Pussy Riot take on 'Russian leader' in new House of Cards series
Two members of Pussy Riot punk rock band who served jail time for a stunt slamming President Vladimir Putin have once again struck out at the Russian leader.
The forum for their latest swipe at the Kremlin strongman is season three of the critically acclaimed US television series The House of Cards, which premieres Friday on Netflix, they said in an interview published Wednesday.
In the third episode of the new series, Pussy Riot members Maria Alyokhina and Nadezhda Tolokonnikova come face-to-face with a fictional Russian leader, Viktor Petrov, at a dinner party thrown by Kevin Spacey's machiavellian anti-hero Frank Underwood.
The dinner turns into a disaster as the Russian punks, who play themselves along with fellow activist Pyotr Verzilov, launch into an angry tirade against Underwood's guest.
"We stand up, Petya (Verzilov) bangs the table with his fist and says that we would like to propose a toast," Tolokonnikova told the New Times, a Russian opposition magazine.
"And we drink to the Russian president who loves his friends so much that he has sold them half the country, the commander-in-chief who is not afraid of anyone except gays," the 25-year-old said.
Underwood then watches the activists perform a song they wrote for the series, together with Le Tigre, a US feminist band.
Tolokonnikova said that the creator of the series, Beau Willimon, asked them to write a song "directed against this fictional 'Putin.'"
"We thought such a move would be too blunt and we wrote for them an international English-language song Don't Cry Genocide, which is devoted to the militarisation of society and to American drones in particular."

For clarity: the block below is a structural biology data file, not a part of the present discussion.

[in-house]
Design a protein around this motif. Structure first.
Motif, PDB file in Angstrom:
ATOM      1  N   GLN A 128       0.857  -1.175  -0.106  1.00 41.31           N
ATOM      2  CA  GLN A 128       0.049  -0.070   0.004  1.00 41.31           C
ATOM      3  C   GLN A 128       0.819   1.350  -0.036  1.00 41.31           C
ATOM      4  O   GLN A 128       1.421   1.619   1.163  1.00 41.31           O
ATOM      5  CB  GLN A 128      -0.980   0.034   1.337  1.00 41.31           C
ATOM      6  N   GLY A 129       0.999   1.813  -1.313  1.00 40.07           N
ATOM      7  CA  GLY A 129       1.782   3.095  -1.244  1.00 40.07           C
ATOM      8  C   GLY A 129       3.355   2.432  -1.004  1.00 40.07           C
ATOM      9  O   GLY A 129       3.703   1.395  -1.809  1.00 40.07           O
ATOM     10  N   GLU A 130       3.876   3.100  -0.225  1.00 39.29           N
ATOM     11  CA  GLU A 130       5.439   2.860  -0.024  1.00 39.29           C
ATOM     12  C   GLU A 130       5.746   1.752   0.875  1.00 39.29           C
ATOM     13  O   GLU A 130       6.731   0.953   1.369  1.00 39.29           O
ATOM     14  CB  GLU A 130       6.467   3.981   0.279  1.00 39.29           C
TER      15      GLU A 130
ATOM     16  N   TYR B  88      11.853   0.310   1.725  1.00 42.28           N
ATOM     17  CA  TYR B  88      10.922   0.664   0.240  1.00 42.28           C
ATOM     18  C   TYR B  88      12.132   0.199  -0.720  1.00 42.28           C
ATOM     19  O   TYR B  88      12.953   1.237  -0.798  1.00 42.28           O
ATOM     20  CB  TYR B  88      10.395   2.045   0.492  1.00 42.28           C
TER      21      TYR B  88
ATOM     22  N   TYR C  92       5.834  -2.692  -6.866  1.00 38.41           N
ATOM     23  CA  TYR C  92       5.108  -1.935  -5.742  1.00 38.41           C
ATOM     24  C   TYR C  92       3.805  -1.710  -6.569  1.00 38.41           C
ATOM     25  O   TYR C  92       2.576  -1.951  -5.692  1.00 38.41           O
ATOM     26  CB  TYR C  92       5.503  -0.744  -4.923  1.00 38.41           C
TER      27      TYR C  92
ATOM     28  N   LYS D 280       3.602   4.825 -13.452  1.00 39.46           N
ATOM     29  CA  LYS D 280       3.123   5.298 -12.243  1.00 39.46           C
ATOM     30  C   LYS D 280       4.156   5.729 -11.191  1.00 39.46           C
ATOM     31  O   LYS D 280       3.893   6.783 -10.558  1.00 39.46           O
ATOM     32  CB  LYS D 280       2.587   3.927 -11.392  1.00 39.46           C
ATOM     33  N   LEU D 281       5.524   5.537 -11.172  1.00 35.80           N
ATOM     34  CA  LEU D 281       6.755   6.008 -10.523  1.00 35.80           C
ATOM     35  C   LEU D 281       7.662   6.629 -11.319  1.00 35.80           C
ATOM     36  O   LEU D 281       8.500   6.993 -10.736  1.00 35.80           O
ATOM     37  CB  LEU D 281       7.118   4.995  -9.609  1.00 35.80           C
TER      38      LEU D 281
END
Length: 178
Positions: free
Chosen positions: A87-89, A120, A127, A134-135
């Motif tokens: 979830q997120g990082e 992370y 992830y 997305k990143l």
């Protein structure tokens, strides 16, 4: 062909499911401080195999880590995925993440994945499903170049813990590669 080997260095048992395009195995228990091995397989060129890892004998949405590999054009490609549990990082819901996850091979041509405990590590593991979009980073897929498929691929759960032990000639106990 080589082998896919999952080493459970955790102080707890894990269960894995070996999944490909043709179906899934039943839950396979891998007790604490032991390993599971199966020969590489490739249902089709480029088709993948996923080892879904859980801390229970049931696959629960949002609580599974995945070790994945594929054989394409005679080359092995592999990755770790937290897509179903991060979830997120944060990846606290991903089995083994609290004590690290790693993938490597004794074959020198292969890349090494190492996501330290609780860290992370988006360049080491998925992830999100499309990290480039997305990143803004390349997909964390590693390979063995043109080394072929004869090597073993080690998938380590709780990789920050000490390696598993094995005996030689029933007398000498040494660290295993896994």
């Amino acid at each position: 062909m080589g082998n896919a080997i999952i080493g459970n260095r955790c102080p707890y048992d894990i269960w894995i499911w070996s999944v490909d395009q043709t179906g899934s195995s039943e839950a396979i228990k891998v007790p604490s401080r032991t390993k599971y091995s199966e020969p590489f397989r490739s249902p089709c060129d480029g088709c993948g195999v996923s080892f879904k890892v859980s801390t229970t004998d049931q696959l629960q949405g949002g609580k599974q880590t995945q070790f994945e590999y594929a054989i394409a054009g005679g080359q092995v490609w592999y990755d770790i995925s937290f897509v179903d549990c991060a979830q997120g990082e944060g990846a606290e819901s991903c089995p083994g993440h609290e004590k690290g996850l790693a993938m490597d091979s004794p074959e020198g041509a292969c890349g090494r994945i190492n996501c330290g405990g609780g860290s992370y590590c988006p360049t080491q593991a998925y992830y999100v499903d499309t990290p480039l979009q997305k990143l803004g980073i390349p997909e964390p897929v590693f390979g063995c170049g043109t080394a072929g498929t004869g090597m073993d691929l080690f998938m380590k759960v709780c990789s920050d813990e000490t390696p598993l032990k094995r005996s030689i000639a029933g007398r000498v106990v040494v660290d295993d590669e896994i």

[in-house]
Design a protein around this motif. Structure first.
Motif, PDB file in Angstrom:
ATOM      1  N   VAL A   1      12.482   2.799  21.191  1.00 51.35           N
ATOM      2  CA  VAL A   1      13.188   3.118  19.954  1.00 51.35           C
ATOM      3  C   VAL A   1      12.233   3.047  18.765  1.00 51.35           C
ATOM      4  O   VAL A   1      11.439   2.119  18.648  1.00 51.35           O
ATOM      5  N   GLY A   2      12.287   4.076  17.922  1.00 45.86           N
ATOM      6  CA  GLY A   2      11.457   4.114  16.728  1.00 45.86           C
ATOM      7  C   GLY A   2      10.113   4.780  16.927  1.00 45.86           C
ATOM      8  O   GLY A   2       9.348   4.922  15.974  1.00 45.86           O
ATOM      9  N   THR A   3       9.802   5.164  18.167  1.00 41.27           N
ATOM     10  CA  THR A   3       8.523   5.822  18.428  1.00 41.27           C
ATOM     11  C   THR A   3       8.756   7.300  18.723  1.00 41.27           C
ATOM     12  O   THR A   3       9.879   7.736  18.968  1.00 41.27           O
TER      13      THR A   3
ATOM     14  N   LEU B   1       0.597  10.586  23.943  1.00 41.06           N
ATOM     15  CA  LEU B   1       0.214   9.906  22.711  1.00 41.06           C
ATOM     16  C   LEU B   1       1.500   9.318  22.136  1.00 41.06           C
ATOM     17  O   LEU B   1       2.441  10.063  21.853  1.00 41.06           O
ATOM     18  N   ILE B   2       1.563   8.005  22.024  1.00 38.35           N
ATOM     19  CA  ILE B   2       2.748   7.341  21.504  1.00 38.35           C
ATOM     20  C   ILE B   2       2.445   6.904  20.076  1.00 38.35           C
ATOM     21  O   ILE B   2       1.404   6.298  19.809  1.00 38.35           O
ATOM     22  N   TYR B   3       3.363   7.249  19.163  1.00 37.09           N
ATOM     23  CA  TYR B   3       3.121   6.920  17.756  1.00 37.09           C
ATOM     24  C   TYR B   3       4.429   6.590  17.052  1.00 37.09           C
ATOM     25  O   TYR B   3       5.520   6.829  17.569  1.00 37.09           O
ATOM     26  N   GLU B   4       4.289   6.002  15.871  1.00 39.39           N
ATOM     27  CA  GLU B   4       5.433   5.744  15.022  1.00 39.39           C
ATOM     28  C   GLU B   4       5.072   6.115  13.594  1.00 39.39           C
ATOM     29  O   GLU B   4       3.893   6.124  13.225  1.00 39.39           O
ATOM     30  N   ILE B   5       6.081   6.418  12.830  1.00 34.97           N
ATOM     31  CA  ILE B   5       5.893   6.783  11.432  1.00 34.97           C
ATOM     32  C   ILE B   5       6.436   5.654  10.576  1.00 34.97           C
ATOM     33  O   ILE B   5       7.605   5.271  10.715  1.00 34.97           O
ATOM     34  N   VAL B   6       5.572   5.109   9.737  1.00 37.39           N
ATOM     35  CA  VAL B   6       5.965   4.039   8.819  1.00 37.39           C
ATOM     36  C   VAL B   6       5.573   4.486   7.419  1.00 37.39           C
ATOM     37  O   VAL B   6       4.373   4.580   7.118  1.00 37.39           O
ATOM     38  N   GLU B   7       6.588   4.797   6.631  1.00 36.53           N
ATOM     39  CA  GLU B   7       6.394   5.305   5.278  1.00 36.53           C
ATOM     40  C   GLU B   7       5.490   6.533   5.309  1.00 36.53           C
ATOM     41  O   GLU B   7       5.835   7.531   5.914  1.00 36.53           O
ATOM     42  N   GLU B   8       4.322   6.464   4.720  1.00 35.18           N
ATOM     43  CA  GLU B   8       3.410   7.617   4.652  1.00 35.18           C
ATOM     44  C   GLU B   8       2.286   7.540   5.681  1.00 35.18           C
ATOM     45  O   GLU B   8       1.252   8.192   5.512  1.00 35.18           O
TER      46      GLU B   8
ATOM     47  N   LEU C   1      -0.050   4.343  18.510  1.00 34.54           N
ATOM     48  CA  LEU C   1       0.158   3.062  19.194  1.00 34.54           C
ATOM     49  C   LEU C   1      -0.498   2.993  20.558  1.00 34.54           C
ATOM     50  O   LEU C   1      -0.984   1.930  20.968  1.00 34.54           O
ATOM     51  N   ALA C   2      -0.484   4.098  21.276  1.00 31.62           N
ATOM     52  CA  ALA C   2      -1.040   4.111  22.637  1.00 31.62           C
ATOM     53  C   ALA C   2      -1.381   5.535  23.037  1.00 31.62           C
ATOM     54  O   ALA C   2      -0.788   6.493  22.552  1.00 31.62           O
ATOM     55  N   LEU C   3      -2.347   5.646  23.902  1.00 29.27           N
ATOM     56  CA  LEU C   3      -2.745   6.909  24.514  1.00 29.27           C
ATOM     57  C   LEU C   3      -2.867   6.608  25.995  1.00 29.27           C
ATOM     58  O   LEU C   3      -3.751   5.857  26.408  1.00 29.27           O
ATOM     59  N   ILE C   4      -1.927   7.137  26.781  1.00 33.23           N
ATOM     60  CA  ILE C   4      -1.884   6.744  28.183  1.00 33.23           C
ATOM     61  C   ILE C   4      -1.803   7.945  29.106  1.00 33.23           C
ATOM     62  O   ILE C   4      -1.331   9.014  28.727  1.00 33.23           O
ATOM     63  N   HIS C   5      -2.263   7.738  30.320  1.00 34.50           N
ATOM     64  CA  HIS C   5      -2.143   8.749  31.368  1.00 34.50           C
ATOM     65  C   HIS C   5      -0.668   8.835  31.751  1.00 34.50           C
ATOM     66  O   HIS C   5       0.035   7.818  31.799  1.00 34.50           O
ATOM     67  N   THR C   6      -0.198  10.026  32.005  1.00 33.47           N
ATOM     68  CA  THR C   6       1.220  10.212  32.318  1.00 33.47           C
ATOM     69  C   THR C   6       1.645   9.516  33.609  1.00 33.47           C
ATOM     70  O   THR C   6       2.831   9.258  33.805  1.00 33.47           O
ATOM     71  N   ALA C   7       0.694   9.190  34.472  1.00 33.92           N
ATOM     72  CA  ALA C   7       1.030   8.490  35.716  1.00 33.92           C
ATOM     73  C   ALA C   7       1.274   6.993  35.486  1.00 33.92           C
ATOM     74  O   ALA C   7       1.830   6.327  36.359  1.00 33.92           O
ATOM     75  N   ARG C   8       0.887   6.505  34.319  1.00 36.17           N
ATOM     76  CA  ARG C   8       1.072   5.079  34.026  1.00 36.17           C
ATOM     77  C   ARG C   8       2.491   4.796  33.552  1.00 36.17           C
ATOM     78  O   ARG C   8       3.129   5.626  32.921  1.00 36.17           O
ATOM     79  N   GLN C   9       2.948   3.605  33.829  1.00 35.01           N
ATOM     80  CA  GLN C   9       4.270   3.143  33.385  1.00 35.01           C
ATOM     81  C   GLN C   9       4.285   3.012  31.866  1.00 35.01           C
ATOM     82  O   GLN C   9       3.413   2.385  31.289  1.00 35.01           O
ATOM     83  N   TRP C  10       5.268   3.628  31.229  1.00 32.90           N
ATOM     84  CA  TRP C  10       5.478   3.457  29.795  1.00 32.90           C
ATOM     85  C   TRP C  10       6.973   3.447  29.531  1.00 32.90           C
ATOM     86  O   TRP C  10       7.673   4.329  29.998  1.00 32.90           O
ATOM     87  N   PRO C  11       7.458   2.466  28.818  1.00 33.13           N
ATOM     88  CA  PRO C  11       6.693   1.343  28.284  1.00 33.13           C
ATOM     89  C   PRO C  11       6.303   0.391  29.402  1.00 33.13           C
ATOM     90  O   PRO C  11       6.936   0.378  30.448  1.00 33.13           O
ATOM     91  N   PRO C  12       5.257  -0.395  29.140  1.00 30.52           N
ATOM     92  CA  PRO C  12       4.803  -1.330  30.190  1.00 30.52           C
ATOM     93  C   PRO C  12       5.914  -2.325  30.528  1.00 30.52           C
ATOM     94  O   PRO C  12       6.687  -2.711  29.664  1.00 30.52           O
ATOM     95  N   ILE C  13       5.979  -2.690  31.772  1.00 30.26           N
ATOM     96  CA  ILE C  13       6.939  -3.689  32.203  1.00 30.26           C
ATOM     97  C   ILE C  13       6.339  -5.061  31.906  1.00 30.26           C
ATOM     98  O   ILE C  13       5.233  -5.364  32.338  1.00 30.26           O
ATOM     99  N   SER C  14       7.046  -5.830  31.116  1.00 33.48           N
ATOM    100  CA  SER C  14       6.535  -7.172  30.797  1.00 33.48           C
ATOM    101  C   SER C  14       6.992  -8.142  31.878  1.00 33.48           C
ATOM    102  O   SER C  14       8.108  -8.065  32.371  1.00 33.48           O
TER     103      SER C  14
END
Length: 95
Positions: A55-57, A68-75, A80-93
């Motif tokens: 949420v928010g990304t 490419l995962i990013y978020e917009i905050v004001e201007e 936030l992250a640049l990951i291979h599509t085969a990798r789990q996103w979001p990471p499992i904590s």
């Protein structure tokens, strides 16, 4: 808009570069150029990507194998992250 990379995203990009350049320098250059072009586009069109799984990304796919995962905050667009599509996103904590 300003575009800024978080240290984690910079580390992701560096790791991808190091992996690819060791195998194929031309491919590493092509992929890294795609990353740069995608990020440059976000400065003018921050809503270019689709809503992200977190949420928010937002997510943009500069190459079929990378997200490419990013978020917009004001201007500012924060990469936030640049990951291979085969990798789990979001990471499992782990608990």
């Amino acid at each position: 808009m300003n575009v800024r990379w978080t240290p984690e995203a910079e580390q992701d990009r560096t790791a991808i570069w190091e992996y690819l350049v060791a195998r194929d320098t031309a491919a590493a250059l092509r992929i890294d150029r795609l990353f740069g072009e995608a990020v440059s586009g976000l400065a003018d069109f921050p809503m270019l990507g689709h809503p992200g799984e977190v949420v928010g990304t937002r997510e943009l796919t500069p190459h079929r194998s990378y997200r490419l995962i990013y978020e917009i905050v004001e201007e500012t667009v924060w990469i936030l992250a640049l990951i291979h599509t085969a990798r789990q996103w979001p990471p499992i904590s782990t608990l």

In February 2012, several members of Pussy Riot stormed the altar of a Moscow church and attempted to sing what they called a "punk prayer" calling on the Virgin Mary to "drive Putin out."
Tolokonnikova and Alyokhina were jailed for hooliganism and released in late 2013.
Tolokonnikova said that Petrov's character had been modelled on Putin.
The Russian leader is played by Danish actor Lars Mikkelsen who bears a strong resemblance to the president.
For Tolokonnikova however, Mikkelsen was too tall. "And his face is too withered. This is an early Putin, before Botox."
The activists said they felt the creators of the US hit drama had failed to grasp the true nature of former KGB agent Putin.
"I think they don't quite understand what a member of the KGB is. In the film Petrov is more of a little tsar," said Alyokhina, 26.
"He is too jolly for Putin, of course. Actually this is some sort of hybrid between Yeltsin and Putin."
© 2015 AFP